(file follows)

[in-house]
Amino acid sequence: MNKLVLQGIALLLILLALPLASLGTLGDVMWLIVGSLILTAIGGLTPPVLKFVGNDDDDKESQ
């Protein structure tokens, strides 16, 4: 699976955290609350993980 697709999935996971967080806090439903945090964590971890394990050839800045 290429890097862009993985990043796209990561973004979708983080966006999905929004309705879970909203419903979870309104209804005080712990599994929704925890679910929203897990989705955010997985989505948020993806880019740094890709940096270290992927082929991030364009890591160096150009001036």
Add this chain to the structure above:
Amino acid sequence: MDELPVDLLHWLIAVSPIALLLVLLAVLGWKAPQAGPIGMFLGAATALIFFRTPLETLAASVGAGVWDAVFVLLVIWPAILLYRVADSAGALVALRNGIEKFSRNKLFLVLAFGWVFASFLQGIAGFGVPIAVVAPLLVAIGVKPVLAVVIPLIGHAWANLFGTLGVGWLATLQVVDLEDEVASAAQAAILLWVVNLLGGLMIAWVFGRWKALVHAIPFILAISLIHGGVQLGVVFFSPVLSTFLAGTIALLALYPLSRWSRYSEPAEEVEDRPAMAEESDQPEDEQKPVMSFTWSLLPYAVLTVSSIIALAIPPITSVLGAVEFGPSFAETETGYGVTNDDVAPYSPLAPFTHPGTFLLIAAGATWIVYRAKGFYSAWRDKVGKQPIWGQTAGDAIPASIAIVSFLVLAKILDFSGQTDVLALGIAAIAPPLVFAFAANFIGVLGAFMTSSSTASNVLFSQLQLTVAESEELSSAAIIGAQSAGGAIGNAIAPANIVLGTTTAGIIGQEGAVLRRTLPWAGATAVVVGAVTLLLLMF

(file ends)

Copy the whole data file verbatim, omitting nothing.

[in-house]
Amino acid sequence: MNKLVLQGIALLLILLALPLASLGTLGDVMWLIVGSLILTAIGGLTPPVLKFVGNDDDDKESQ
């Protein structure tokens, strides 16, 4: 699976955290609350993980 697709999935996971967080806090439903945090964590971890394990050839800045 290429890097862009993985990043796209990561973004979708983080966006999905929004309705879970909203419903979870309104209804005080712990599994929704925890679910929203897990989705955010997985989505948020993806880019740094890709940096270290992927082929991030364009890591160096150009001036």
Add this chain to the structure above:
Amino acid sequence: MDELPVDLLHWLIAVSPIALLLVLLAVLGWKAPQAGPIGMFLGAATALIFFRTPLETLAASVGAGVWDAVFVLLVIWPAILLYRVADSAGALVALRNGIEKFSRNKLFLVLAFGWVFASFLQGIAGFGVPIAVVAPLLVAIGVKPVLAVVIPLIGHAWANLFGTLGVGWLATLQVVDLEDEVASAAQAAILLWVVNLLGGLMIAWVFGRWKALVHAIPFILAISLIHGGVQLGVVFFSPVLSTFLAGTIALLALYPLSRWSRYSEPAEEVEDRPAMAEESDQPEDEQKPVMSFTWSLLPYAVLTVSSIIALAIPPITSVLGAVEFGPSFAETETGYGVTNDDVAPYSPLAPFTHPGTFLLIAAGATWIVYRAKGFYSAWRDKVGKQPIWGQTAGDAIPASIAIVSFLVLAKILDFSGQTDVLALGIAAIAPPLVFAFAANFIGVLGAFMTSSSTASNVLFSQLQLTVAESEELSSAAIIGAQSAGGAIGNAIAPANIVLGTTTAGIIGQEGAVLRRTLPWAGATAVVVGAVTLLLLMF